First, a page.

A trademark of VICE is on the ground reporting—journalists imbedded with their subjects where the action happens. Then came a global pandemic. And like everything else in its wake, COVID-19 forced producers to upend plans for the docuseries as Vice made its move from HBO to Showtime, pivoting much of their season one coverage to focus on the pandemic’s effects around the world. In season two, returned to the field covering stories in Egypt, Haiti, Afghanistan, Columbia and other hotspots around the globe.
Executive producer Beverly Chase and her team walked a very tricky tightrope —create more of VICE’s heart-pounding, groundbreaking investigative journalism while also doing everything necessary to keep crews safe as COVID raged on.
Now, celebrating VICE on Showtime’s second consecutive Emmy nomination for Outstanding Hosted Nonfiction Series Or Special, Chase joins AwardsWatch to take us inside the decision-making process, the stories, and to the heart of what makes a VICE story unforgettable television.
Shadan Larki: I wanted to start at the very, very beginning; you have a degree in film. How did you find yourself doing so much journalism?
Beverly Chase: Oh my gosh, that’s a good question! You know, well, maybe you don’t; I came up in the industry as an editor. I have always been passionate about editing and storytelling. Before coming to VICE, I was an editor at NBC, where I spent most of my time in news on both quick turns and long-form docs, and I just learned so much there from the best journalists and storytellers there. It was an absolute master class. But I came to VICE because I was really in awe of the work the news teams were doing there. I have a background in filmmaking and VICE was telling these rich and very stunningly cinematic stories in a way that no one else was doing, it sort of combined both of my passions for filmmaking and journalism.
Larki: You have these incredible VICE crews gathering an intense amount of footage that you then have to distill it down to this 15-minute news documentary. Given your experience as an editor, how do you decide, essentially, where your story lies within all that coverage?
Chase: I think that’s really one of the greatest superpowers of the series. Our editors and film teams are so strong. The editors and producers sit with the material and really let the story dictate itself based on the scenes that they were able to capture in the field. We don’t edit based on preconceived scripts. We let the scenes dictate that end story. We always want to start with our most dynamic and engaging material and build out the story from that point.”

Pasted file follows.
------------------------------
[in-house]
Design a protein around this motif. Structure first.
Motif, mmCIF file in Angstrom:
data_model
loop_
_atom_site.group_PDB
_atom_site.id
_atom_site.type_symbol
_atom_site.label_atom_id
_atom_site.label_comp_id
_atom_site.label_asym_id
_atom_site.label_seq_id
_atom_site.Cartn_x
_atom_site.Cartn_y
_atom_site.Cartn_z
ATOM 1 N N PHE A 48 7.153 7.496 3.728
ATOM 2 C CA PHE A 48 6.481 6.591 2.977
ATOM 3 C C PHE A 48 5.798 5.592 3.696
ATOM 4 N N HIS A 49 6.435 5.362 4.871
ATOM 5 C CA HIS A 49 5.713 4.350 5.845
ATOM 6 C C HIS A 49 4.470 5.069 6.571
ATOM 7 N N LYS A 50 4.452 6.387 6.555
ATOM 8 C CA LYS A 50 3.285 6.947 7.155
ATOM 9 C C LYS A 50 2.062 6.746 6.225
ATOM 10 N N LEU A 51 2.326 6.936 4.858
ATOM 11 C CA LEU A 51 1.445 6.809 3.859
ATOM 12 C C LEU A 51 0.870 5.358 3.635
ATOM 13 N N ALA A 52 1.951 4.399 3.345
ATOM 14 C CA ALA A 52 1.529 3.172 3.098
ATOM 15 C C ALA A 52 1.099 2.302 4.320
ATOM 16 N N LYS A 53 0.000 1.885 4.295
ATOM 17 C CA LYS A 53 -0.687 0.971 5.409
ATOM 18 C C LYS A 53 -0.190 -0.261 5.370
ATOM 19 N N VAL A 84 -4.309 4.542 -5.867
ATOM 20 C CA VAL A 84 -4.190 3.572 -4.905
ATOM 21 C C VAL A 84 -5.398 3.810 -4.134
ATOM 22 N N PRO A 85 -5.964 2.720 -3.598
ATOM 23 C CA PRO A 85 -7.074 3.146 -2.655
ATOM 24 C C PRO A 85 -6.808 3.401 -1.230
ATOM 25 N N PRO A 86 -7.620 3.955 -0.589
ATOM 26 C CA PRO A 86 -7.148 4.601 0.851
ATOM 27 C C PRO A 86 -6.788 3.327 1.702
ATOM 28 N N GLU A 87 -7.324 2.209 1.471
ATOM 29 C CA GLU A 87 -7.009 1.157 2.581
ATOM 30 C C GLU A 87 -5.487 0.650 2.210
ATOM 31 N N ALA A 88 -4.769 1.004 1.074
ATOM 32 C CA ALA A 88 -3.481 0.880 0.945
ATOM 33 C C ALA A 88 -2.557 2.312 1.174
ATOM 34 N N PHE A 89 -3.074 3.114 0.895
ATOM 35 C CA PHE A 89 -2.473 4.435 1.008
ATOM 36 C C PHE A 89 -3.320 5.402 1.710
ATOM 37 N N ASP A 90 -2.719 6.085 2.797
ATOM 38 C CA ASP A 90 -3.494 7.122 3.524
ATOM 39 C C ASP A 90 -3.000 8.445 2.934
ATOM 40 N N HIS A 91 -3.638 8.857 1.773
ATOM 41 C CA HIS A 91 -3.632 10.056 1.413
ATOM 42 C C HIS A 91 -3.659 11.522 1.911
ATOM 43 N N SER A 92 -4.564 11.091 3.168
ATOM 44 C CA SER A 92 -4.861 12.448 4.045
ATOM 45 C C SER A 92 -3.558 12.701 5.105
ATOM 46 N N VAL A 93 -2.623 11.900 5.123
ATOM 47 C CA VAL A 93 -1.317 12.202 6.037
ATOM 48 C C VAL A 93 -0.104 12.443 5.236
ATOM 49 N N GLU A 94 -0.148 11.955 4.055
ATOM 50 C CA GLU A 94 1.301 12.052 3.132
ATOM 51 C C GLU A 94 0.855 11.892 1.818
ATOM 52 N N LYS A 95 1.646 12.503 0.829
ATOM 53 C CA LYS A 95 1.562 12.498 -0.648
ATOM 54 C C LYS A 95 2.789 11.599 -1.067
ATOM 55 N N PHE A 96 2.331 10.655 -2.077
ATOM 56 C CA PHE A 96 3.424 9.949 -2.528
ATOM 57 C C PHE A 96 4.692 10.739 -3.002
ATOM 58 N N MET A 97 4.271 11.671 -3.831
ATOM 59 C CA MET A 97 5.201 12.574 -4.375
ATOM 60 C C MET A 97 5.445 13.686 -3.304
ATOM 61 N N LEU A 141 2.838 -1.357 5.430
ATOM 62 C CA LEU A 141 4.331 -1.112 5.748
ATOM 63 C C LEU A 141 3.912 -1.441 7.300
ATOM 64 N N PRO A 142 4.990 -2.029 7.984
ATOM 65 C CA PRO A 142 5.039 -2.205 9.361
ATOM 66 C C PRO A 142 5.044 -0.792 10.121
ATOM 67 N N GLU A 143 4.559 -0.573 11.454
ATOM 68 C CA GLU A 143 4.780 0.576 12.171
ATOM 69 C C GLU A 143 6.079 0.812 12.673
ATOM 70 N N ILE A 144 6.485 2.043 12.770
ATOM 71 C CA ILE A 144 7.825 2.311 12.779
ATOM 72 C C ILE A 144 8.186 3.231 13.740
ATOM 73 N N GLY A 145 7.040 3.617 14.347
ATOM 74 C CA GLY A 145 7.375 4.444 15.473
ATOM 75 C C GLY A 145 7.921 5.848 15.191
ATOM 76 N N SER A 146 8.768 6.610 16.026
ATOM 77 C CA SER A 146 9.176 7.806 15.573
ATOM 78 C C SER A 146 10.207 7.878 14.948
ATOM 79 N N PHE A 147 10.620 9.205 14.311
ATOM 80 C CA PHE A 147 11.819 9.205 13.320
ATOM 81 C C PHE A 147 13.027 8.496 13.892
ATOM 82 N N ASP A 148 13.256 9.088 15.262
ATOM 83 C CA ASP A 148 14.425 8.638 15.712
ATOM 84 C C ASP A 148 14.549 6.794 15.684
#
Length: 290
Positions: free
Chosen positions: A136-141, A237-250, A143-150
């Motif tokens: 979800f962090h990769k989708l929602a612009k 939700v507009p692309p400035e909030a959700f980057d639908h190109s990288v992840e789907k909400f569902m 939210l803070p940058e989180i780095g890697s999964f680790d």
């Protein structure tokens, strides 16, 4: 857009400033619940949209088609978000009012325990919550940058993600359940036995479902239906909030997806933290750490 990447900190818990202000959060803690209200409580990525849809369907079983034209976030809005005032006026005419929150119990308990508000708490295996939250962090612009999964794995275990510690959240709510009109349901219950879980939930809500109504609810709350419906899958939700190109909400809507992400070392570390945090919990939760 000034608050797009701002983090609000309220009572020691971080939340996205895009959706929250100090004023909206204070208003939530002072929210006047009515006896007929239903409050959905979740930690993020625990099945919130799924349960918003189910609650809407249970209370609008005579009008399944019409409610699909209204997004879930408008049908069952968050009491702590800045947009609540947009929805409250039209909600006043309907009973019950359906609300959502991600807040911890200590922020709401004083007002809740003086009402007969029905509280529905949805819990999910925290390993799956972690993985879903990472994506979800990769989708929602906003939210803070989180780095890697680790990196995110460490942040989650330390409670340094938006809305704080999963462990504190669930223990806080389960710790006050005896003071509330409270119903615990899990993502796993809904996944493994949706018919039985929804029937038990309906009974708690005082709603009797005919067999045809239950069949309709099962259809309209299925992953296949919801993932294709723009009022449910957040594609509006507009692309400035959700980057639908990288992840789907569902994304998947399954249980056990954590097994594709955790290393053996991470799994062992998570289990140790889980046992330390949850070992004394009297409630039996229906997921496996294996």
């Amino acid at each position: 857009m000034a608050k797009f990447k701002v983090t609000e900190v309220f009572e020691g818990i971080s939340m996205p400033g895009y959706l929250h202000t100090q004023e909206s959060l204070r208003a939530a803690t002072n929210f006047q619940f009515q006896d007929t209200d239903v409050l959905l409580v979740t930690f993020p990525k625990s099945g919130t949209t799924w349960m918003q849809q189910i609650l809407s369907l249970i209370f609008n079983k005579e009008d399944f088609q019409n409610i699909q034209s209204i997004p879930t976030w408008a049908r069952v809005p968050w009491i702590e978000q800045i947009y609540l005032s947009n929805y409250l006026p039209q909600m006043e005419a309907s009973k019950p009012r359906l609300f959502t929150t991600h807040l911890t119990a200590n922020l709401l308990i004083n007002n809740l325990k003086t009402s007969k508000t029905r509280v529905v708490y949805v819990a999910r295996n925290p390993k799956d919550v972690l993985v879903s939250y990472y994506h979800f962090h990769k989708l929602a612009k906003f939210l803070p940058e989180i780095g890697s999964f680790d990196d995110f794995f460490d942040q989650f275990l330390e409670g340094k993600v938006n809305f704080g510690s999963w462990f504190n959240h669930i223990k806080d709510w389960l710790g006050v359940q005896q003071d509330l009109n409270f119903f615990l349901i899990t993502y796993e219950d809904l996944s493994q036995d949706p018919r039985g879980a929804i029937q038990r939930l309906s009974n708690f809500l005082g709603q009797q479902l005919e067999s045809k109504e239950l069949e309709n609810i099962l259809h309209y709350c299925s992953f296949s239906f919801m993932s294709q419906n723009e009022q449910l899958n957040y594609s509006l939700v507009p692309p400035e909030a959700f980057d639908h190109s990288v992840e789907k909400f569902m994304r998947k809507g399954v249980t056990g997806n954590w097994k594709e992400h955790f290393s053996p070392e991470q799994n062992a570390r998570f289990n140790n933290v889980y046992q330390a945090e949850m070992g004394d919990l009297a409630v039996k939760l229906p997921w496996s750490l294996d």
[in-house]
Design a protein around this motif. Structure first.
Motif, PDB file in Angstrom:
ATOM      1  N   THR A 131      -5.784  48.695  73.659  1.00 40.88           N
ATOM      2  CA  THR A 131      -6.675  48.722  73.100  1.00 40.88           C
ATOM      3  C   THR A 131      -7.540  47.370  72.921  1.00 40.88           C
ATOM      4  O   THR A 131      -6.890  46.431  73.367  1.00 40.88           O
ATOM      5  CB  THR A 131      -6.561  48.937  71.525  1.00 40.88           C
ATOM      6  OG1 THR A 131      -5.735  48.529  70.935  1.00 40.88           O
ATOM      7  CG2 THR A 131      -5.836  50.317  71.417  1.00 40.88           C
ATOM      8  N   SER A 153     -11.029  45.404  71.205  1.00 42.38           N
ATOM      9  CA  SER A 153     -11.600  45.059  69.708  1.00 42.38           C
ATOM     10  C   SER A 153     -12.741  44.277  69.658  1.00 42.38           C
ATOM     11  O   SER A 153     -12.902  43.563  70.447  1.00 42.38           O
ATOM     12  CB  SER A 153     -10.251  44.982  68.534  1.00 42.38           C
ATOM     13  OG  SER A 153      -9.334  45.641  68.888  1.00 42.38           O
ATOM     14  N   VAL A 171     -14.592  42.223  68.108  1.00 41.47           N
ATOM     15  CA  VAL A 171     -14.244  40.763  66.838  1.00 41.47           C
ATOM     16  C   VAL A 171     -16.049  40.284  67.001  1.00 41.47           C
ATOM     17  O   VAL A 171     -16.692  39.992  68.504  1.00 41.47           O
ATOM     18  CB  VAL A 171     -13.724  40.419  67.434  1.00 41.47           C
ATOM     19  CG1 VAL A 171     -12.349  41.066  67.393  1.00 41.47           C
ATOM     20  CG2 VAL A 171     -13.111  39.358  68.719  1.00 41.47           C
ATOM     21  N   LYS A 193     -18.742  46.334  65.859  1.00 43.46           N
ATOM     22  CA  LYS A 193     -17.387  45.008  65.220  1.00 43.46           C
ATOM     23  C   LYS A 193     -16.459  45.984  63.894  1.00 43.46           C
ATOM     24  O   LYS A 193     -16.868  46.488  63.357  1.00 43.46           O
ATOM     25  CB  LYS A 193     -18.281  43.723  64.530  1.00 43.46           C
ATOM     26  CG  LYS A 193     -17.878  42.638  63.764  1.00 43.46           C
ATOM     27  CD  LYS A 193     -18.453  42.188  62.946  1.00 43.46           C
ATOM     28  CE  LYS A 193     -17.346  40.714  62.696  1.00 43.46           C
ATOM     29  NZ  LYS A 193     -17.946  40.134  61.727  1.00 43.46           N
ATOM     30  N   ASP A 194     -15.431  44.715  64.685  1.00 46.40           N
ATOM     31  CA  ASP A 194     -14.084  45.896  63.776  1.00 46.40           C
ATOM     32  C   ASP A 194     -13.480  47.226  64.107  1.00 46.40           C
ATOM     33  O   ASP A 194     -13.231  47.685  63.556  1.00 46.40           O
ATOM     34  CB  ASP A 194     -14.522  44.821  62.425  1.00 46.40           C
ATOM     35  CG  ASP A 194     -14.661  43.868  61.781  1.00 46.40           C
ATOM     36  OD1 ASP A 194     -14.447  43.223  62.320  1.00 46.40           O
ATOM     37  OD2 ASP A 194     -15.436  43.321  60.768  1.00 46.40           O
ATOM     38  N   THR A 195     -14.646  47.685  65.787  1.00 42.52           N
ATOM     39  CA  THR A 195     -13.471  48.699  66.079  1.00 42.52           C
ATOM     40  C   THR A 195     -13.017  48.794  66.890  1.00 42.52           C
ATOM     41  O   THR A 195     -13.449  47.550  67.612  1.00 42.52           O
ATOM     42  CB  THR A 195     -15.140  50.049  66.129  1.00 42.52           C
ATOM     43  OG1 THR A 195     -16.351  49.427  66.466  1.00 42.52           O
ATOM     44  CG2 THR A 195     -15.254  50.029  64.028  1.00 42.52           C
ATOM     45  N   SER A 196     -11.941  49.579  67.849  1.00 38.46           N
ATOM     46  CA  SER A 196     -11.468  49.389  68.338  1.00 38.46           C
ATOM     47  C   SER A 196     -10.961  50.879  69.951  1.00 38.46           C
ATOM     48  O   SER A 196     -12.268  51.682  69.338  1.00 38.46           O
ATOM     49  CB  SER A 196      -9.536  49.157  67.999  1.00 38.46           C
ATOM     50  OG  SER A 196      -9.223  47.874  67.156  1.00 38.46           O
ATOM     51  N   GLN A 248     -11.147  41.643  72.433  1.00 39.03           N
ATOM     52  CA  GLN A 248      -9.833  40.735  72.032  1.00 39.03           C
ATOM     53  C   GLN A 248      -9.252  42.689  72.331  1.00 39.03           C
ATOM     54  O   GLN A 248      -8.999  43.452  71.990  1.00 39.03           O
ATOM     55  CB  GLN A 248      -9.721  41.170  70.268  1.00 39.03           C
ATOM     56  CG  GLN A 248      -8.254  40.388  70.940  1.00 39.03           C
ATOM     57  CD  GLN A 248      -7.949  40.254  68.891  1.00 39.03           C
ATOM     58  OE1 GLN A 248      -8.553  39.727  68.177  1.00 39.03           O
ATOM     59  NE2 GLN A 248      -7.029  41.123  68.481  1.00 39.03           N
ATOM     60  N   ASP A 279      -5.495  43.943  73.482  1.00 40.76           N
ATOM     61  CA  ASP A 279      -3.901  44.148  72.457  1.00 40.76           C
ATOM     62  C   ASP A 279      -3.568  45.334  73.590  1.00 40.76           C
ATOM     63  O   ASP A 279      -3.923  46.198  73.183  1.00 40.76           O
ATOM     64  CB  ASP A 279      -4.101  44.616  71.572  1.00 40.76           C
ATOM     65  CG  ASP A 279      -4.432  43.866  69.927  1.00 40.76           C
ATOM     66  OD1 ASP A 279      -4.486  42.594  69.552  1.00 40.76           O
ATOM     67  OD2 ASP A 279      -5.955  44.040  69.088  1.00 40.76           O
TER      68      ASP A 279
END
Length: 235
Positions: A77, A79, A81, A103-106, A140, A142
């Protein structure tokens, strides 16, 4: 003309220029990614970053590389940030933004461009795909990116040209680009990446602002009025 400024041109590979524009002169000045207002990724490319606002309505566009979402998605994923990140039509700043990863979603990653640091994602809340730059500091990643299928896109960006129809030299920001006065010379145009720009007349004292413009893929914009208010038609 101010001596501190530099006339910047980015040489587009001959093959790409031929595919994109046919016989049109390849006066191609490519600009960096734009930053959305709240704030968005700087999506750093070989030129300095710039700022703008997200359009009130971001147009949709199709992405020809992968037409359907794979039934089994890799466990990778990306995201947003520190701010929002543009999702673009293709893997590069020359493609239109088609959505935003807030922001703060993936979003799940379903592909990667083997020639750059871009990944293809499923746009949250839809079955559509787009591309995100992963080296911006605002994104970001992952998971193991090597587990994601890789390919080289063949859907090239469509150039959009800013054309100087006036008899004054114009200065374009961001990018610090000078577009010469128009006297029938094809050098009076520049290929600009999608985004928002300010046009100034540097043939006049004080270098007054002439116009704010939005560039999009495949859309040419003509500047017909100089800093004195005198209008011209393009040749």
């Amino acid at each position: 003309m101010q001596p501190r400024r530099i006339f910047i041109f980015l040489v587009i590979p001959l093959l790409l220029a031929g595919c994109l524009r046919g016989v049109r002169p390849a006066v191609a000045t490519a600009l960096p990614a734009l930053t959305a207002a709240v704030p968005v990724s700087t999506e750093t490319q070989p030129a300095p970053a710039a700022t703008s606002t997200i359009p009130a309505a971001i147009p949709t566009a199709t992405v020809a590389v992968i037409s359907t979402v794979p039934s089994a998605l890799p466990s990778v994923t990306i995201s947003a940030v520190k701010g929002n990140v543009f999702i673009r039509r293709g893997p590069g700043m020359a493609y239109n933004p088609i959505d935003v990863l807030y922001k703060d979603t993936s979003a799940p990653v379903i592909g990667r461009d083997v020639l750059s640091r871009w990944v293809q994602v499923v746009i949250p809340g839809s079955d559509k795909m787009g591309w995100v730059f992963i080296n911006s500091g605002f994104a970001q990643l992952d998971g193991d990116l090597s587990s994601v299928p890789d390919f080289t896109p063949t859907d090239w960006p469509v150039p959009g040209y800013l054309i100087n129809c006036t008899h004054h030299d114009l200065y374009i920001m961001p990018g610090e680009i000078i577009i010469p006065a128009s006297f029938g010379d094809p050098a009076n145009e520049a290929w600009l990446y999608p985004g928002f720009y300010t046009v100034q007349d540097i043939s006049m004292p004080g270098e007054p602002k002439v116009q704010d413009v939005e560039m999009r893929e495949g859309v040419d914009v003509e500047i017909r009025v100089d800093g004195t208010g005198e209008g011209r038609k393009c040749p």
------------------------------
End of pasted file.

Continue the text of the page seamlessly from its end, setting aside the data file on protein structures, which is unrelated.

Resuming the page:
Larki: You’ve been open about the immense challenge COVID-19 has presented. From the perspective of an executive producer, how did you balance trying to keep people safe while also informing the public?
Chase: It has been quite an experience, I’ll say. When we wrapped the first season, we definitely did not expect to be still dealing with the impacts of the pandemic as acutely as we were. But the reality is we are facing a lot of the same issues that we were before. So much has changed in the way we are working; because of the pandemic, we are still working remotely, which has been really challenging, but I think that we have been excellent at pivoting in a way that enables us to keep collaborating in real-time and delivering a premium show every week. In terms of risk, we will continue going where the stories are happening, but our risk assessment team is outstanding, and they always have been. Their expertise has allowed us to safely report on domestic terrorism or shoot in war zones. The teams get to work closely with our head of security to maintain rigorous COVID safety protocols. We make sure everyone gets tested. It is just a constant conversation, and we consider each shoot very carefully. No one deploys without training and safety protocols. If anyone is uncomfortable, they don’t have to travel to the story. With that said, so many of our journalists come to Vice because we are dogged to send people to where the story is happening. That will always be very important to our team.